Jihad Explained: Taken from an article by Dr. M. Amir Ali, Ph.D.
Linguistically, the Arabic word "jihad" means struggling or striving. In this sense a student struggles and strives to pass a class; an employee strives to fulfill his job requirements; a politician strives to live up to his promises once elected to office and so on. The term strive or struggle may be used for Muslims as well non-Muslims; for example, Allah (The Lord) says in the Qur'an:
"We have enjoined on people kindness to parents; but if they strive (jahadaka) to make you ascribe partners with Me that of which you have no knowledge, then obey them not..." 29:8, also see 31:15.
In the above two verses of the Qur'an, it is non-Muslim parents who strive (jahada) to convert their Muslim child back to their religion.
In the West, "jihad" is generally translated as "holy war", a usage the media has popularized. This could be a reflection of the Christian use of the term "Holy War" to refer to the Crusades of a thousand years ago. However, the Arabic words for "war" are "harb" or "qital", which are found in the Qur'an and Hadith. For Muslims the term jihad is applied to all forms of striving and has developed some special meanings over time.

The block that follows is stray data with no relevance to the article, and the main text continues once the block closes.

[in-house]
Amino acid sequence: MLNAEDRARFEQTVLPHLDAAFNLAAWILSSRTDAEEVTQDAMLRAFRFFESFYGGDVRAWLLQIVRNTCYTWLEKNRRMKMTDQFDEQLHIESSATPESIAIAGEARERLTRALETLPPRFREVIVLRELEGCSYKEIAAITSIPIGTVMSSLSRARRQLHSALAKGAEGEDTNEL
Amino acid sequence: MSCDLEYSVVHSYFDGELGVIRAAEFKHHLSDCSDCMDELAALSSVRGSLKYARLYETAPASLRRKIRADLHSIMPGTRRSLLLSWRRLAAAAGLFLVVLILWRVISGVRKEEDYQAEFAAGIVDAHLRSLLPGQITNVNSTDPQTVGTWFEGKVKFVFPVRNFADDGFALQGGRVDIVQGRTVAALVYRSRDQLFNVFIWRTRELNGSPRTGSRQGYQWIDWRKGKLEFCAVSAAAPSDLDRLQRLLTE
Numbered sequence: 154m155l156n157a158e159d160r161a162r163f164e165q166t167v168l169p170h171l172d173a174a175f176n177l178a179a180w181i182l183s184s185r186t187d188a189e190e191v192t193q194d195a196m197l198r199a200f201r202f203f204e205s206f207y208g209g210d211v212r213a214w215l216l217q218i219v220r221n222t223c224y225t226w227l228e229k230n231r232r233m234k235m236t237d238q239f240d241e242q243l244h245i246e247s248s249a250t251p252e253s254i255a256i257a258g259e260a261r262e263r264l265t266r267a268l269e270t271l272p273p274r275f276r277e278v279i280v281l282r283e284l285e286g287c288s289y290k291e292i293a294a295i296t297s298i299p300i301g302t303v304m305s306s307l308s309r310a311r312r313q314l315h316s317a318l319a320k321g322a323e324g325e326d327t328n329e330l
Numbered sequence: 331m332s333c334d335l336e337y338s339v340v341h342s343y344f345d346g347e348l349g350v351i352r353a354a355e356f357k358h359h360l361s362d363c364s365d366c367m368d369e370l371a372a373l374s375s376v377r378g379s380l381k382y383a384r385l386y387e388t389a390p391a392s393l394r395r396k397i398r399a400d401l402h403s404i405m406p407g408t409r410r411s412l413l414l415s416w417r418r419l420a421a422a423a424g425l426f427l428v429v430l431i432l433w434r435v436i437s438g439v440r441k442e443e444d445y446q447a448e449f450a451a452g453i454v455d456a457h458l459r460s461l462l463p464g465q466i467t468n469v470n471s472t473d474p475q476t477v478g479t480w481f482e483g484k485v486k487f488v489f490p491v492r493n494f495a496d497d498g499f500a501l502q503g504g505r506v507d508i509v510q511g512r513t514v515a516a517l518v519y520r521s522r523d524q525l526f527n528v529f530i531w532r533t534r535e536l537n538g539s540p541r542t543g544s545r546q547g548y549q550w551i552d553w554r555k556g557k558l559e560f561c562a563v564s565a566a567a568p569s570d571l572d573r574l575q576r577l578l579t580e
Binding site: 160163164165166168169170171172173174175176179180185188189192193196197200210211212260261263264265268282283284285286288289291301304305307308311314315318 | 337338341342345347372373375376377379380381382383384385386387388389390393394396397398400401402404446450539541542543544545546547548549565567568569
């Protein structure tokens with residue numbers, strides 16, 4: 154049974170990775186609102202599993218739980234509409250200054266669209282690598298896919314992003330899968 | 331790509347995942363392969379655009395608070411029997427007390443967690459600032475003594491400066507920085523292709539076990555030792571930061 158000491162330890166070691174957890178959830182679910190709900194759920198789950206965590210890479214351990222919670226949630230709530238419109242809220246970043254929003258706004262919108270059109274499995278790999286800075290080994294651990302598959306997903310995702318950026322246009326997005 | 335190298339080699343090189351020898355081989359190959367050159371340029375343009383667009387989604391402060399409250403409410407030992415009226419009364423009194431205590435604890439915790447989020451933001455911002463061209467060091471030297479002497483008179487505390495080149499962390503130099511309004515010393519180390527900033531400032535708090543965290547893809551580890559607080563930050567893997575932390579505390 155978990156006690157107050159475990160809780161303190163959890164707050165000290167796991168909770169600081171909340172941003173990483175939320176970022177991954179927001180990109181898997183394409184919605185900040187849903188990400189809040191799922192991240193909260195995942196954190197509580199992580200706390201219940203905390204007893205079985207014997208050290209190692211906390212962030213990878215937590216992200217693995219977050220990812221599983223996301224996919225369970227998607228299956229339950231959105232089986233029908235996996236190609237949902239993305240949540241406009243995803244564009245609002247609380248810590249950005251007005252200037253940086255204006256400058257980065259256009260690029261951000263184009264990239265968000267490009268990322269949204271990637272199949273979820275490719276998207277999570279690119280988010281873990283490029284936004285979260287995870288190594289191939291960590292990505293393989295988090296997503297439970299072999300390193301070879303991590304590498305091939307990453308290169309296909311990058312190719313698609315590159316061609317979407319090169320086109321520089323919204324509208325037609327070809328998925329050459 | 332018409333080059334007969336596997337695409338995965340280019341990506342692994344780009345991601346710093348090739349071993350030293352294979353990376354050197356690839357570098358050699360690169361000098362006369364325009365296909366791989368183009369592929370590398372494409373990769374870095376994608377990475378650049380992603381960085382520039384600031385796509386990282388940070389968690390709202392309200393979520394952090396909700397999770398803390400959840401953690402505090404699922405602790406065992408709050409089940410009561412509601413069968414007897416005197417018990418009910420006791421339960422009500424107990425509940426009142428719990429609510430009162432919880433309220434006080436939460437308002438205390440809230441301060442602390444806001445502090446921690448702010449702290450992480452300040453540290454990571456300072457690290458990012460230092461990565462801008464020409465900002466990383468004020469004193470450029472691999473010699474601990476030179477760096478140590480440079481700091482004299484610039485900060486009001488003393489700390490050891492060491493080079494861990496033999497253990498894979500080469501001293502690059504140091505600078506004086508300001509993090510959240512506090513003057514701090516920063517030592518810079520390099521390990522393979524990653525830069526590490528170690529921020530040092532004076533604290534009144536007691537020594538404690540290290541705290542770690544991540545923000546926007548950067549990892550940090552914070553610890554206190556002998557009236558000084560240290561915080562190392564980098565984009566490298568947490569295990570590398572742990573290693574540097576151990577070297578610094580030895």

Examples of Jihad:
1. Recognizing the Creator and loving Him most
2. Resisting pressure of peers and society
3. Staying on the straight path steadfastly
4. Striving for righteous deeds
5. Having courage and steadfastness to convey the message of Islam
6. Defending Islam and the community
7. Helping allied people who may not be Muslim
8. Removing treacherous people from power
9. Gaining freedom to inform, educate and convey the message of Islam in an open and free environment
10. Freeing people from tyranny


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